This month, near famous UCLA, I was waiting to challenge a rush hour crosswalk at Westwood and Wilshire Blvds.  Our pedestrian traffic signal flashed: "Go for it!" and I, and my trusty cane, lit out warily for the other side. Halfway, I saw a police car approaching, suddenly turn on it lights and siren, then quickly cut in front of the many cross-walkers!  I said loudly: "Watch out, here come the cops!"  Everybody stopped except the man next to me!  I grabbed his coat and pulled him back, just as the harried cop drove by.  The man I stopped looked at me and spoke words for which I had no meaning!  Understanding my un-comprehension, he smiled and said: "No habla englais  . . . Portugese . . . Ob-ri-gado!"  Wow, deja vu, all over again!  I told my newest pal: "In Estonia, they say Pall-un!"  We laughed and went on our separate ways.


Discerning the subtle differences of people from faraway lands can be as difficult for Americans as it is for our visitors to see our origins here.  If you think it's hard for us to figure out which person is from India (Nah-mah-sateh!) and which is from Bangladesh, (Do-no baht!) then walk a mile in their sandals, and try to compute the difference between Southerners and Texans. (No real southerner considers Texas as part of the South!) Muchas Gracias!


To my Filipino friends who tend my grandfather's grave overlooking Manila Bay since World War II, Mabuhay! And Salamat po! (Sa-la-mat-poh)  To my esteemed Ethiopian friends, for tending and honoring one of my heroes, Haillie Salassie, I say: Ama Se Garalo! (Ahma-seh-ga-rallo)  For the kindnesses shown me in North and South Korea: Kamna sa nida! (kam-nah-sah-needa) For my most favorite tea, to those who send it from Sri Lanka: Tut sudi! (toot-zoo-dee)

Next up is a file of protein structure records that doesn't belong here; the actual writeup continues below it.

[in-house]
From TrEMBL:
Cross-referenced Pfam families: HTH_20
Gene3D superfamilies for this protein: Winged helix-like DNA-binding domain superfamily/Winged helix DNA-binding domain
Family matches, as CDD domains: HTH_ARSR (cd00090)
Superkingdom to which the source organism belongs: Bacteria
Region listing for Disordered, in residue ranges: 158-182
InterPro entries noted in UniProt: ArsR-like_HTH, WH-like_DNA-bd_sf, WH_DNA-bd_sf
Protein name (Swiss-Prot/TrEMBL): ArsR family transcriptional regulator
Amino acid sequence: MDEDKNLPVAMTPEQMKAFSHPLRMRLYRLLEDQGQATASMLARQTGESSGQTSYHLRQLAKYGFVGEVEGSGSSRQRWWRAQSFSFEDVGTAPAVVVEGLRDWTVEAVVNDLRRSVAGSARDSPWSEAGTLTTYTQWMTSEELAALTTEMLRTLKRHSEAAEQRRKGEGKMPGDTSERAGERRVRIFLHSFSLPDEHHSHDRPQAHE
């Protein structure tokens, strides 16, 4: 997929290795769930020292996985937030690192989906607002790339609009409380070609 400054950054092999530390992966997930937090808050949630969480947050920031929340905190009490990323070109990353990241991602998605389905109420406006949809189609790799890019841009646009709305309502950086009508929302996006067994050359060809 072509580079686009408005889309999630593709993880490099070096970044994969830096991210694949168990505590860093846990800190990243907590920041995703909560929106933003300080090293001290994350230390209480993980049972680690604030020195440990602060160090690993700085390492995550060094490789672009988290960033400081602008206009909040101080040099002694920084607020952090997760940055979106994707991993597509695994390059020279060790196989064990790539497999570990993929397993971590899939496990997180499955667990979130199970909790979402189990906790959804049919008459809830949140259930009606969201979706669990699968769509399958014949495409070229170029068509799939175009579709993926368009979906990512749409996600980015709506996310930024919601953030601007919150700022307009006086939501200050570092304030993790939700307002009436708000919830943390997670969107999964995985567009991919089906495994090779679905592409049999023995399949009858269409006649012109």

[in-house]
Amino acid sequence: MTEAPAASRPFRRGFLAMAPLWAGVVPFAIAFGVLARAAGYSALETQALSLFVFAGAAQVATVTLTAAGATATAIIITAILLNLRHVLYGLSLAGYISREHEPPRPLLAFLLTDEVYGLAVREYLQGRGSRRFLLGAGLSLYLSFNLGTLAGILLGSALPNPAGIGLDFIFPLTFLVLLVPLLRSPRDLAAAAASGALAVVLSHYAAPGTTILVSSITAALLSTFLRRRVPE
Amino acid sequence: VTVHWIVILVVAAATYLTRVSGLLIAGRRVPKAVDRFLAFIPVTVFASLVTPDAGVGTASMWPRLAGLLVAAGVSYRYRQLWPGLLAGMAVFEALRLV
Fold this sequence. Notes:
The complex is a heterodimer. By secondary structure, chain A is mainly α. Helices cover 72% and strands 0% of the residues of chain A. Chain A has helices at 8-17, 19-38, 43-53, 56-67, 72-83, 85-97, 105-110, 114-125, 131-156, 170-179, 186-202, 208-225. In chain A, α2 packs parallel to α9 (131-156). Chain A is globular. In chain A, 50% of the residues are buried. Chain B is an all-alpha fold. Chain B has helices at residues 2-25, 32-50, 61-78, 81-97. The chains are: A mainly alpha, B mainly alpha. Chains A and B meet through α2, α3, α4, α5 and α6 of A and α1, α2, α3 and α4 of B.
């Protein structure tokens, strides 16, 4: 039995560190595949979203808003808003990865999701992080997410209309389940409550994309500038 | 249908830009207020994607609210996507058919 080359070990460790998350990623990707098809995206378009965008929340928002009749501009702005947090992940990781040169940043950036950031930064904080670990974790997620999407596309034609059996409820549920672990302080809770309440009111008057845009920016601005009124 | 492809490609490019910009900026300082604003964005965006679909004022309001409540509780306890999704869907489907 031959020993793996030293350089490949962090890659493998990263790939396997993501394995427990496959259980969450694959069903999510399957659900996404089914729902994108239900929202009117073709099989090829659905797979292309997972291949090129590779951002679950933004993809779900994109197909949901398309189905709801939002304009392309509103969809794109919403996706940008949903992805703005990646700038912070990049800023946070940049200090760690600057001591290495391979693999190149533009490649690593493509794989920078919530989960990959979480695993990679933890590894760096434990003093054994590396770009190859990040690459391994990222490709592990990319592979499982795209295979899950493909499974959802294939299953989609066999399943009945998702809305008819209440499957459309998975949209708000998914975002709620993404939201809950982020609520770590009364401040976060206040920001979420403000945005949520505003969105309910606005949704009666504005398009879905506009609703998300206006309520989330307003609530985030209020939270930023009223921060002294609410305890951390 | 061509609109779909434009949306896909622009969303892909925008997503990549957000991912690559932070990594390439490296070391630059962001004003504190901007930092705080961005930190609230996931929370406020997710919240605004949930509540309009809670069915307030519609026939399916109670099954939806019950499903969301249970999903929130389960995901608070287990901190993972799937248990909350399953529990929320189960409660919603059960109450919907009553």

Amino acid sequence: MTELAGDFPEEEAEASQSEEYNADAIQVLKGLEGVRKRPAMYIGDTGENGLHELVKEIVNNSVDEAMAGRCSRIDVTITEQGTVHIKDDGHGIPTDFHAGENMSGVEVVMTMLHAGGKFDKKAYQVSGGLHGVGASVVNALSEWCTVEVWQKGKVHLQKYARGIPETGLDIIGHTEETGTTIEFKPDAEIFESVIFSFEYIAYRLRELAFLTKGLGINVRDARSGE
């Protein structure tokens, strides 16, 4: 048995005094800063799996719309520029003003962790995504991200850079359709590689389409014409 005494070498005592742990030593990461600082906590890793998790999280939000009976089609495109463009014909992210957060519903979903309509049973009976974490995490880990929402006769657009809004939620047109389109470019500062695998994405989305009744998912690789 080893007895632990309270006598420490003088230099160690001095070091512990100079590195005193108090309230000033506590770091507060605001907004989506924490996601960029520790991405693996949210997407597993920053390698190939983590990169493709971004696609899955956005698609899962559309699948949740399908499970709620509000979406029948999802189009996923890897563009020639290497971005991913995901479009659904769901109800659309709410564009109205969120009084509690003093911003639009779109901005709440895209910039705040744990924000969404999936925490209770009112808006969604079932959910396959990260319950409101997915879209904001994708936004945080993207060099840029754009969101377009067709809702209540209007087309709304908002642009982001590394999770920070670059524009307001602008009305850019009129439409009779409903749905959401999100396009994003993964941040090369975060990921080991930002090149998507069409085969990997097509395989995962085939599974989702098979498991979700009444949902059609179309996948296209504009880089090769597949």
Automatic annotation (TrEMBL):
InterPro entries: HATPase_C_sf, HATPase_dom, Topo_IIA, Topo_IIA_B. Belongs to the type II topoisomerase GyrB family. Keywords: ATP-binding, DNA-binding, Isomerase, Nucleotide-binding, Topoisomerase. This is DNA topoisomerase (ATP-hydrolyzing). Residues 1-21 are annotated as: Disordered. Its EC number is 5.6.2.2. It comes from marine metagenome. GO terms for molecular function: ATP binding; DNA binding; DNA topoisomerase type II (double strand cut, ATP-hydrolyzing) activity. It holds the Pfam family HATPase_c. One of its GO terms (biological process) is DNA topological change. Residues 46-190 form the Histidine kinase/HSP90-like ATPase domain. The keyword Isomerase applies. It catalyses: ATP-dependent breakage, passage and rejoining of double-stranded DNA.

Remembering my eastern-European derivation, and recognizing my polish-Czech ancestors: Jen-coolia! To my "The World Famous Comedy Store" pals, in Hebrew: To-dah rabah, and just to cover my ass, in Yiddish: Deinke!  To salute my Thai, Punjabi, and Indian buds at my nearby and expensive 7/11: Cup cow cahn and Shu-crah!  Dhan-wad! Saht -shree-ah-kal! And to that Kazakhstan girl on the bus: Rah-me-in...rah-me-in!


Lastly, if I have butchered my translation to your particular home tongue, please
forgive me.  After all, I am what The French say I am: Je suis stupid americaine!


The answers to my opening questions are:


1) Like the world is so nice, it doesn't need any changing!  That's horse-hockey!


2) It may take more longer to do it one person at a time, but it's lots more fun!


3) Your world, my world, everybody's world. Hey, we only have one planet!


4) The kind of change that will make you smile again and again!


5) How? Try this technique, and be really surprised by the reactions!


6)  This is difficult, but . . . no, I'm not kidding.  About changing the world . . . I'm not       kidding, but other than that, of course I'm kidding.  That's the way I am . . . I kid!   In a red shoe kinda way.  Are you kidding me?  Bob's your uncle!


There you go, the twenty-three most powerful words I know. They can alter situations dramatically. Do what you can. Use them wisely. Use them often!  But most of all, kind reader, for investing your time and attention on my most meek and humble attempts here:


Thanks . . . thank you very much!


Now, get off of your arse . . . and go change our world!


I am Lue Deck, The Comic in Red Shoes


How do you say: "Thank you!"  in your country?